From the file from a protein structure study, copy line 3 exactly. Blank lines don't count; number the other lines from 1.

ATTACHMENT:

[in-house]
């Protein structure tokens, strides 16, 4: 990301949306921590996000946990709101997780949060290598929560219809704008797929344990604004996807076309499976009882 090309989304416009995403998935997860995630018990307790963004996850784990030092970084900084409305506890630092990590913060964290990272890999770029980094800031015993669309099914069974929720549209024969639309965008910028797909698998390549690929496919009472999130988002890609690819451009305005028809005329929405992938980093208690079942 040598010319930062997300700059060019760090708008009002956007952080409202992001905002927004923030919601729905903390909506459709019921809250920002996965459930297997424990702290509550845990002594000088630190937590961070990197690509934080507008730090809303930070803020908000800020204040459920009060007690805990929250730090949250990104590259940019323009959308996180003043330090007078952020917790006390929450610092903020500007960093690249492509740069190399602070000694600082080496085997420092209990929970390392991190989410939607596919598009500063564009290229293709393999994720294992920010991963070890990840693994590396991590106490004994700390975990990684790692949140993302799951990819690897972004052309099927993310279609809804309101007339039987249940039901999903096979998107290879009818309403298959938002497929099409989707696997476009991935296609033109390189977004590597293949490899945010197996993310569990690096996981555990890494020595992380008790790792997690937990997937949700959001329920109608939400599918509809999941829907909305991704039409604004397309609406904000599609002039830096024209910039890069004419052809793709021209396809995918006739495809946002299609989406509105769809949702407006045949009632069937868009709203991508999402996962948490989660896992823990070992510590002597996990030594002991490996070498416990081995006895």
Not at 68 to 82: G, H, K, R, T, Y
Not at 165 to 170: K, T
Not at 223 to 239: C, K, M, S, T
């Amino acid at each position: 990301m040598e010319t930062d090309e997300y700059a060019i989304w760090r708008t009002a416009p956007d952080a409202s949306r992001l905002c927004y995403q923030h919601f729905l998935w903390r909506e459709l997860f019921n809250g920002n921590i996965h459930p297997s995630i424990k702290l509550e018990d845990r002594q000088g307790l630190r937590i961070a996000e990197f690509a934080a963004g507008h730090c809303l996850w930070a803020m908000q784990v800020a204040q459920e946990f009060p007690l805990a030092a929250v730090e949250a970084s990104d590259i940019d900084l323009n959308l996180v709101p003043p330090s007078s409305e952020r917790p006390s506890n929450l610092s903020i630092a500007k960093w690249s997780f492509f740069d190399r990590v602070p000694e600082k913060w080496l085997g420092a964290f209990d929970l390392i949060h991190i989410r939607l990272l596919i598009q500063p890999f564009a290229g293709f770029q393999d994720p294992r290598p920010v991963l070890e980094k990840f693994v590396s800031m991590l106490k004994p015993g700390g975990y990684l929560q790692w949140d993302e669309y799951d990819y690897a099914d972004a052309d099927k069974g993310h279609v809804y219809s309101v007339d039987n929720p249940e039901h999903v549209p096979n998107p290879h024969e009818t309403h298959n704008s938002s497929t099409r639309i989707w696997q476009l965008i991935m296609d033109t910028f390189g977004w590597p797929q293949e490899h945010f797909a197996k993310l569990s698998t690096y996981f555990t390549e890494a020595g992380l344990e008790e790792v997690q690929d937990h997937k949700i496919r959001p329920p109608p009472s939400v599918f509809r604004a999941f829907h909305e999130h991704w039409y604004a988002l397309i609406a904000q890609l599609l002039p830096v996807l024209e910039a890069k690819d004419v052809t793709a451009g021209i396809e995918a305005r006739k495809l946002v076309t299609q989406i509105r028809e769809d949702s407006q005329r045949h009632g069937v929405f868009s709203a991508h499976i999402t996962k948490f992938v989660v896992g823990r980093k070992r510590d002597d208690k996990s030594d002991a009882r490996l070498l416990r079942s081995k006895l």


Not at 68 to 82: G, H, K, R, T, Y